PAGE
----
A Will or a Trust?
What Are the Differences?
If you’re like more than 2/3rds of Americans, you don’t have any formal estate plan in place to ensure the orderly distribution of your property in the event of your death. That typically means that your assets will be divided under state “intestacy” laws, which may or may not conform with your wishes. Putting a solid plan in place may be the greatest gift you can give to your loved ones after your death, as it alleviates stress and uncertainty, and allows them to focus on their grief.
When you’re contemplating setting up an estate plan, though, there are different strategies you can take. You can make gifts during your lifetime or you can retitle your assets, so that they automatically pass upon your death. Another approach is to draft and execute a legally enforceable document that identifies how property will be allocated. The two methods commonly used to do that are wills and trusts. What’s the difference? What’s best for you?
What Is a Will?
A will, also commonly referred to as a “last will and testament,” is a legal document that typically:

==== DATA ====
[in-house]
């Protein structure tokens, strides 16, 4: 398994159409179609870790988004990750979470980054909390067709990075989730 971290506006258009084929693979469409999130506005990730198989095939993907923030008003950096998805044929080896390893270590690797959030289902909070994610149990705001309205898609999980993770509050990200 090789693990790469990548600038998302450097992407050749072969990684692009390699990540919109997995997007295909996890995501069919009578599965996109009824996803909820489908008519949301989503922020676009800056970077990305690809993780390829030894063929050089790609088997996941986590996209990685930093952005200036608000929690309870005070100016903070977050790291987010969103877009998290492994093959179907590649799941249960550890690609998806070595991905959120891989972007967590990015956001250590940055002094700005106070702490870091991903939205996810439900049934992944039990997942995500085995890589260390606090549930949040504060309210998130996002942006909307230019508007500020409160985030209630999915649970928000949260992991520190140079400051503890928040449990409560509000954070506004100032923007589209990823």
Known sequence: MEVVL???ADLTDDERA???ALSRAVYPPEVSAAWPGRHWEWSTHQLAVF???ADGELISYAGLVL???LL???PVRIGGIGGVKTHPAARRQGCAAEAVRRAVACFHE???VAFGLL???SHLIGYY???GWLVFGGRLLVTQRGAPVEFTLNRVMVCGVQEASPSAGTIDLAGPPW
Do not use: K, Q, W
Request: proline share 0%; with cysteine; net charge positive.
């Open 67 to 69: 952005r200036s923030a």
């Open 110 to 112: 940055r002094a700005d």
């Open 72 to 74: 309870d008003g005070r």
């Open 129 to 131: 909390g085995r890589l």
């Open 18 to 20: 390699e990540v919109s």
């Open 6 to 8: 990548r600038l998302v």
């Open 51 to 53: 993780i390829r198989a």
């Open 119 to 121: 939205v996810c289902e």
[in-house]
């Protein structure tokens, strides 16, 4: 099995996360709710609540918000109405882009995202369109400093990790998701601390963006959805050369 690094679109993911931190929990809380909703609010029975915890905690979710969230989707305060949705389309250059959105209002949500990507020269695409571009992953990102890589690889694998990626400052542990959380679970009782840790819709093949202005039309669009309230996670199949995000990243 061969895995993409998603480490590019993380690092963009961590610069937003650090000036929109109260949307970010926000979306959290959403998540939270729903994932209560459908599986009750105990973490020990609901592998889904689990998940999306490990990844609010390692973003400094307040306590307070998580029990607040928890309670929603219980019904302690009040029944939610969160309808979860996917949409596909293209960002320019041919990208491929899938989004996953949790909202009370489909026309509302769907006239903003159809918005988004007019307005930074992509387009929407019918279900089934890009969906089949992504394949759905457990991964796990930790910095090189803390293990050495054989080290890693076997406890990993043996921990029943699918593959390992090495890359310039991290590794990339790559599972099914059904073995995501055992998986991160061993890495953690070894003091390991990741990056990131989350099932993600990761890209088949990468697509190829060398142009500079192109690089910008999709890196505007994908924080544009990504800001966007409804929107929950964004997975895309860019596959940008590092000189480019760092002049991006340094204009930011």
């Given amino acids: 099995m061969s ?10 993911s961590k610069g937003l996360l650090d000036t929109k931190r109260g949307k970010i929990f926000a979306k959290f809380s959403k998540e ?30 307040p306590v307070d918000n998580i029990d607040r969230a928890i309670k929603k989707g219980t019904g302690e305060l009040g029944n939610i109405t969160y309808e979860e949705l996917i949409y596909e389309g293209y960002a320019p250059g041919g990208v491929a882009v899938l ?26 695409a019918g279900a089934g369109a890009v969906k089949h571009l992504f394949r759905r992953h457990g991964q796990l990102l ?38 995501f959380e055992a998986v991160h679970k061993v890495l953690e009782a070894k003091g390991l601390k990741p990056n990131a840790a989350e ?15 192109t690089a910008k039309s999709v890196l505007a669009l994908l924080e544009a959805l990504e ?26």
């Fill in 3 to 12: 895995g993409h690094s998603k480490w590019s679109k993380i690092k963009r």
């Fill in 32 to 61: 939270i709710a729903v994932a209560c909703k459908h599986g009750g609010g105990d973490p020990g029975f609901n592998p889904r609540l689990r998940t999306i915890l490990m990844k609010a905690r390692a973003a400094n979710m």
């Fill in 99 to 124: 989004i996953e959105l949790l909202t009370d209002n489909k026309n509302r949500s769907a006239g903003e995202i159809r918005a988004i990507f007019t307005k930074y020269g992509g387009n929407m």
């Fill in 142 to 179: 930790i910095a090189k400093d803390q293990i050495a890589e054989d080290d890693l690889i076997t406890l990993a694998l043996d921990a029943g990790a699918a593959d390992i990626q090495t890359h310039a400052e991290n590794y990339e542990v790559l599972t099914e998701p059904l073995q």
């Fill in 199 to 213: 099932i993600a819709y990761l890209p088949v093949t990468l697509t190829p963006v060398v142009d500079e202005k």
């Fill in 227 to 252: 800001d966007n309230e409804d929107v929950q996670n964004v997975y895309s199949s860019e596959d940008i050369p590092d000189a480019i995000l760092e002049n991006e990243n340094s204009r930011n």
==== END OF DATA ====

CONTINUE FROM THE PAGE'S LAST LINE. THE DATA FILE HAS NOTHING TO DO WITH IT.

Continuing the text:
- Names a person to act as executor, administrator or personal representative of your estate
- Directs that person to pay all final debts and submit any necessary tax returns
- Names primary or contingent guardians for any minor children or adults for whom you serve as guardian
- Identifies how your property will be allocated after your death
There are a number of formality requirements for a will to be valid. It must generally be in writing, and the person executing the will must generally be a specific minimum age (and be of sound mind). Furthermore, wills must typically be witnessed.
All property that passes through a will must also go through the probate process, whereby the probate court oversees the settlement of the estate. This can add significant time and expense to the final distribution of property and closure of the estate.
What Is a Trust?
A trust is a legally enforceable document that creates a new legal entity (the “Trust”), which has the legal authority to own, buy, sell and make other decisions about property or assets. The primary purpose of a trust is to avoid sending the property of an estate through the probate process. As a general rule, when a trust is created, the person creating the trust (the “trustor”) transfers all or most property to the trust. When that person dies, only property actually owned at the time of death will be subject to probate. Because the property is owned by the trust (and not by the deceased), it is not subject to probate.
Contact MCIS Law
At MCIS Law, PLLC, in Stafford, we provide comprehensive estate planning counsel to individuals in southeast Texas. For a confidential consultation with an experienced and knowledgeable lawyer, email us or call our office at (346) 297-0121. We accept all major credit cards.